The Defining Chapter Unfolds in “The Hobbit: Battle of Five Armies”

The third and final film in director Peter Jackson’s beloved Middle-earth trilogy, “The Hobbit: The Battle of the Five Armies” brings to an epic conclusion the adventure begun in 2012’s “The Hobbit: An Unexpected Journey” and continued in 2013’s “The Hobbit: The Desolation of Smaug.”

In the final film, the Dwarves of Erebor have reclaimed the vast wealth of their homeland, but with Smaug set loose from its tunnels, they must face the consequences of having unleashed the terrifying Dragon upon the defenseless humans of Lake-town.

But the Dwarves face an equally grave threat from within. Thorin Oakenshield (Richard Armitage) has seized his birthright as King under the Mountain, but has grown increasingly obsessed with only the Arkenstone—and refuses to honor the debts and promises he has made along the way. “Thorin is at his best when he has a plan in action, whether or not he’s been able to carry it out,” says Richard Armitage. “And I don’t think he has a plan for what happens next—which is his descent into the same madness that possessed his grandfather—which becomes the catalyst for the armies that are rallying to the Lonely Mountain to claim their gold.”

Unaffected by the great treasure that has possessed his friend and drawn armies to the foot of Erebor is Bilbo Baggins (Martin Freeman), who is driven to a make a desperate choice to save his friend—not realizing that even greater perils lay ahead.

Gandalf’s (Sir Ian McKellen) warnings of Sauron’s (Christopher Lee) return have gone unheeded, and even as the Elves, Dwarves and Men marshal their forces, the Dark Lord’s armies of Orcs are descending on the Lonely Mountain. Facing an enemy greater than any they’ve ever known, they must decide what is worth fighting for—wealth and power, or the future of their world and those they love.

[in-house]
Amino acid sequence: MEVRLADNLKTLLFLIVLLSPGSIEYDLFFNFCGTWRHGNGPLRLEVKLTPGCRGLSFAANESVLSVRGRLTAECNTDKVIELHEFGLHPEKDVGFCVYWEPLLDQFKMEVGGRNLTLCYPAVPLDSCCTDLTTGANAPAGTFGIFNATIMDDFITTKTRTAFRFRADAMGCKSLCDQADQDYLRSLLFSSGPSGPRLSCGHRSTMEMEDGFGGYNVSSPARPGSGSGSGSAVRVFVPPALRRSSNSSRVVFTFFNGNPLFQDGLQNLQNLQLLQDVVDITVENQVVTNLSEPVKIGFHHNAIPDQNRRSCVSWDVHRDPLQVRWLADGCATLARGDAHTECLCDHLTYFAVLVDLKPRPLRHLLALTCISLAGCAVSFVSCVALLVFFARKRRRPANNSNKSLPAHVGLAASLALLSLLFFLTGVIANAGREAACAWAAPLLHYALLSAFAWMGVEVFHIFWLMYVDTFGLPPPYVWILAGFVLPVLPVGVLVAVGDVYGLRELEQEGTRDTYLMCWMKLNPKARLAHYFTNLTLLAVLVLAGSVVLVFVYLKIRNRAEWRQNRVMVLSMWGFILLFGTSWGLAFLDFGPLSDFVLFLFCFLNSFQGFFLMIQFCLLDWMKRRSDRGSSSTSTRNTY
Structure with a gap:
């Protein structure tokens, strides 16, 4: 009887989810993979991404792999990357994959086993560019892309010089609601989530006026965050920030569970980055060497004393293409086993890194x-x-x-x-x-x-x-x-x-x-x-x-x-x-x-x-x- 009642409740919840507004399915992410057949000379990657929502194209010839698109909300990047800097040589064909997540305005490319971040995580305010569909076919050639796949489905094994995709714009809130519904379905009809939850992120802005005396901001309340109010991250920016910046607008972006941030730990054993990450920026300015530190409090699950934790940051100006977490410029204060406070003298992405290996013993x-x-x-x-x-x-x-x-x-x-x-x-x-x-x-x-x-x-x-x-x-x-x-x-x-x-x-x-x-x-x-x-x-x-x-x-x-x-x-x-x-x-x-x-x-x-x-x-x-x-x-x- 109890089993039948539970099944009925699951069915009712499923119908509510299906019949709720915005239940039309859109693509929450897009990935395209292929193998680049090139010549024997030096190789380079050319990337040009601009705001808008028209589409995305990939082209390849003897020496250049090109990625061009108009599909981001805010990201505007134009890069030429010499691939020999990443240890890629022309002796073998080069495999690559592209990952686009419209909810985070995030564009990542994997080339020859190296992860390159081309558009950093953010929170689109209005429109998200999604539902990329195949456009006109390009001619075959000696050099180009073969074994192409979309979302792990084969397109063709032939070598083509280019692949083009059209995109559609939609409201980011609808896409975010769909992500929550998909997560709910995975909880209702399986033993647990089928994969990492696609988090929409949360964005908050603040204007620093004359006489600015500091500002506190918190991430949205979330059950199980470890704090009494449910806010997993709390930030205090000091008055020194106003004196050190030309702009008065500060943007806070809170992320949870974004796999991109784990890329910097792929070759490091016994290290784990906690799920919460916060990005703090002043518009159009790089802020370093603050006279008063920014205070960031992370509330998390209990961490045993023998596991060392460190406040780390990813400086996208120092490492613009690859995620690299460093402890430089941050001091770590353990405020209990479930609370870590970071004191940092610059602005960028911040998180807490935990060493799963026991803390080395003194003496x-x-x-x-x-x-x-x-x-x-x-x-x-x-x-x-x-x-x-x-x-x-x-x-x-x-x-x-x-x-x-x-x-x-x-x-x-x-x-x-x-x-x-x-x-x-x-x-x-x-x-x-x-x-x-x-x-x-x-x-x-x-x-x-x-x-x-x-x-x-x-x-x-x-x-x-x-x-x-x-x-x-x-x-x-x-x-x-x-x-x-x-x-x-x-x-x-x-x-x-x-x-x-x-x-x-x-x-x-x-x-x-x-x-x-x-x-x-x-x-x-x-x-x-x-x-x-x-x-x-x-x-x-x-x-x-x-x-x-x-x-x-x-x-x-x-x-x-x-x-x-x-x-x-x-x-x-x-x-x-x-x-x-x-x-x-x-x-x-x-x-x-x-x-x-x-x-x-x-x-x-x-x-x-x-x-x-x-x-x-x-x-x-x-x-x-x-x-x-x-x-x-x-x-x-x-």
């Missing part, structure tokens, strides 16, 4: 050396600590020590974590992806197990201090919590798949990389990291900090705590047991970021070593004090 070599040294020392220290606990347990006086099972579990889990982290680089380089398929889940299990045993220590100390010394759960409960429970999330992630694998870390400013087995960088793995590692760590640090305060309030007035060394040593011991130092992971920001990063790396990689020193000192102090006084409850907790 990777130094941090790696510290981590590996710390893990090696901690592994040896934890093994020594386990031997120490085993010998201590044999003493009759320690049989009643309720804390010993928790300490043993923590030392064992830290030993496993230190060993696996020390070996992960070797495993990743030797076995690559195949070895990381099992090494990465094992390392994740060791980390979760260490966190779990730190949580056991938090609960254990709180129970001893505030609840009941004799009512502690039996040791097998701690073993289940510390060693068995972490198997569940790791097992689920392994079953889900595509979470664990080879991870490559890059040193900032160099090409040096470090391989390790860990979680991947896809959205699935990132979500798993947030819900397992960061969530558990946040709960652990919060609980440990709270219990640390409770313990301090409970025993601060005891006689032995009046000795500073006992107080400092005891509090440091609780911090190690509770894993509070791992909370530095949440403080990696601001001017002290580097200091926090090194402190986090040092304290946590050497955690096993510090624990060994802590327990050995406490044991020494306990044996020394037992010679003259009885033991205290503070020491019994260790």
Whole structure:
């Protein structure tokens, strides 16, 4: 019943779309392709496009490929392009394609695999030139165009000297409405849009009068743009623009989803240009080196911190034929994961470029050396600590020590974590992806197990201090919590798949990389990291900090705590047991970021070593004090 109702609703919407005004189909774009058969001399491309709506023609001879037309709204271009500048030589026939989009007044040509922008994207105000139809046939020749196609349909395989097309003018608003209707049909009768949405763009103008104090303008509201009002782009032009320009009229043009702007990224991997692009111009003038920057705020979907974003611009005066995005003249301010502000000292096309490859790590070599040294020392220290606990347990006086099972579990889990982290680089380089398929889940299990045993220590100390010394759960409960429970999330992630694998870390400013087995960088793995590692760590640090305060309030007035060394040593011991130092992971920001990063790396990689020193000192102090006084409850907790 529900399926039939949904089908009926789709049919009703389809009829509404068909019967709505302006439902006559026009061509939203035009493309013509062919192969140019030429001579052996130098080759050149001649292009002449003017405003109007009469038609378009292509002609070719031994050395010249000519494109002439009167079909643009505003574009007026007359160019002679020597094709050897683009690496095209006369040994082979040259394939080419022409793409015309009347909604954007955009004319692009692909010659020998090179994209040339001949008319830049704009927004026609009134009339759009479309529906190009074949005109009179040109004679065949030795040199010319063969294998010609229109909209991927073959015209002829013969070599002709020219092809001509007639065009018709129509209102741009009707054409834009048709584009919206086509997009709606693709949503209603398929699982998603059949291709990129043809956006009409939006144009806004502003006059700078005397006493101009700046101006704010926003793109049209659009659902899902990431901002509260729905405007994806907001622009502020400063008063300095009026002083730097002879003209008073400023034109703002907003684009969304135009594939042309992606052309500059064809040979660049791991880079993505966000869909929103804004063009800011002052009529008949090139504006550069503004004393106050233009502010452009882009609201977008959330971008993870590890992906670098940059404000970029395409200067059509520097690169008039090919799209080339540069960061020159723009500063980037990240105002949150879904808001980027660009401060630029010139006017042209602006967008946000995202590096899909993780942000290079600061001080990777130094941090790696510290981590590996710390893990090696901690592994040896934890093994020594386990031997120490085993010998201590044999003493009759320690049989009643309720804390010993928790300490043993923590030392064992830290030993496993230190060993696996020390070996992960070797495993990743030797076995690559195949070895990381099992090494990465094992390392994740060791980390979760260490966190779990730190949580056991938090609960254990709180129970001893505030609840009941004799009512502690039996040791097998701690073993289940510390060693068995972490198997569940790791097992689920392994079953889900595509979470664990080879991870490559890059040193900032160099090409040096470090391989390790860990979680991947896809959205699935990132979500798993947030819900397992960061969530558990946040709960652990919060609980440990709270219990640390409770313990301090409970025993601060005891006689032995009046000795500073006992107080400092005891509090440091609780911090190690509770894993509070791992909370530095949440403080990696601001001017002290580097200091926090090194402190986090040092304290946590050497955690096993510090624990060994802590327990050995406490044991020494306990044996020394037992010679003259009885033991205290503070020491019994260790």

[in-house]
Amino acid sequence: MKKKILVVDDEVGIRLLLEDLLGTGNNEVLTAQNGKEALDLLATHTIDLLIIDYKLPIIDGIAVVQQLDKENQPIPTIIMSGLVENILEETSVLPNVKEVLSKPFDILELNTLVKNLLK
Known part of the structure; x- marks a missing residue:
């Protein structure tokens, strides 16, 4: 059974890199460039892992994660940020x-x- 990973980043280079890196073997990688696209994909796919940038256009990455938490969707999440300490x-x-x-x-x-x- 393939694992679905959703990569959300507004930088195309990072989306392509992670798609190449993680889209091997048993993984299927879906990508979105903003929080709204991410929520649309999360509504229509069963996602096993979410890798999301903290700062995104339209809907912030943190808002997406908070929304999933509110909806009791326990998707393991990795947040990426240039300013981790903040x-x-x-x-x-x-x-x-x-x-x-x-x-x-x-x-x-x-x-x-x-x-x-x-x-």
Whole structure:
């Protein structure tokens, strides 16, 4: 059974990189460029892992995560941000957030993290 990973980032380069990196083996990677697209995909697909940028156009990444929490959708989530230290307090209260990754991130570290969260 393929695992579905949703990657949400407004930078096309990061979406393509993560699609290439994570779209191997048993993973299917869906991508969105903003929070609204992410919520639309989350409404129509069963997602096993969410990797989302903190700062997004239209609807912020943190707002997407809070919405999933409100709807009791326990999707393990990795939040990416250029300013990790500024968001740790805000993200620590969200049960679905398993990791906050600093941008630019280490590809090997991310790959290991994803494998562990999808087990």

And Bilbo, the Hobbit who only wanted a little adventure, will find himself fighting for his life as five great armies go to war.

“It’s interesting because, in the end, you see all of this through the eyes of Bilbo Baggins—the everyman who finds himself in the midst of war,” says Philippa Boyens. Boyens is among the screenwriting team of Peter Jackson, Fran Walsh and Guillermo del Toro who shaped the films from the Tolkien novel as well as the appendices the author included at the end of the The Lord of the Rings.

Ask her what the third and final film in The Hobbit Trilogy has in store for audiences and she has one word: surprises. “It’s not a redux of The Lord of the Rings films; it can’t be The Return of the King,” Boyens explains. “It is grittier, it’s grimmer. It is bigger in scale—if you can imagine!—than perhaps even the Battle of Gondor in `The Lord of the Rings: The Return of the King.’”

New Line Cinema and Metro-Goldwyn-Mayer Pictures Present a Wingnut Films Production, “The Hobbit: The Battle of the Five Armies.” As with the first two films in the Trilogy, “The Hobbit: An Unexpected Journey” and “The Hobbit: The Desolation of Smaug,” the final film is a production of New Line Cinema and Metro-Goldwyn-Mayer Pictures (MGM), with New Line managing production.

Ian McKellen returns as Gandalf the Grey, with Martin Freeman in the central role of Bilbo Baggins, and Richard Armitage as Thorin Oakenshield. The international ensemble cast is led by Evangeline Lilly, Lee Pace, Luke Evans, Benedict Cumberbatch, Ken Stott, James Nesbitt, with Cate Blanchett, Ian Holm, Christopher Lee, Hugo Weaving, and Orlando Bloom.
Opening across the Philippines on Dec. 12, 2014 in theaters and IMAX®, “The Hobbit: The Battle of the Five Armies” is distributed by Warner Bros. Pictures, a Warner Bros. Entertainment Company.


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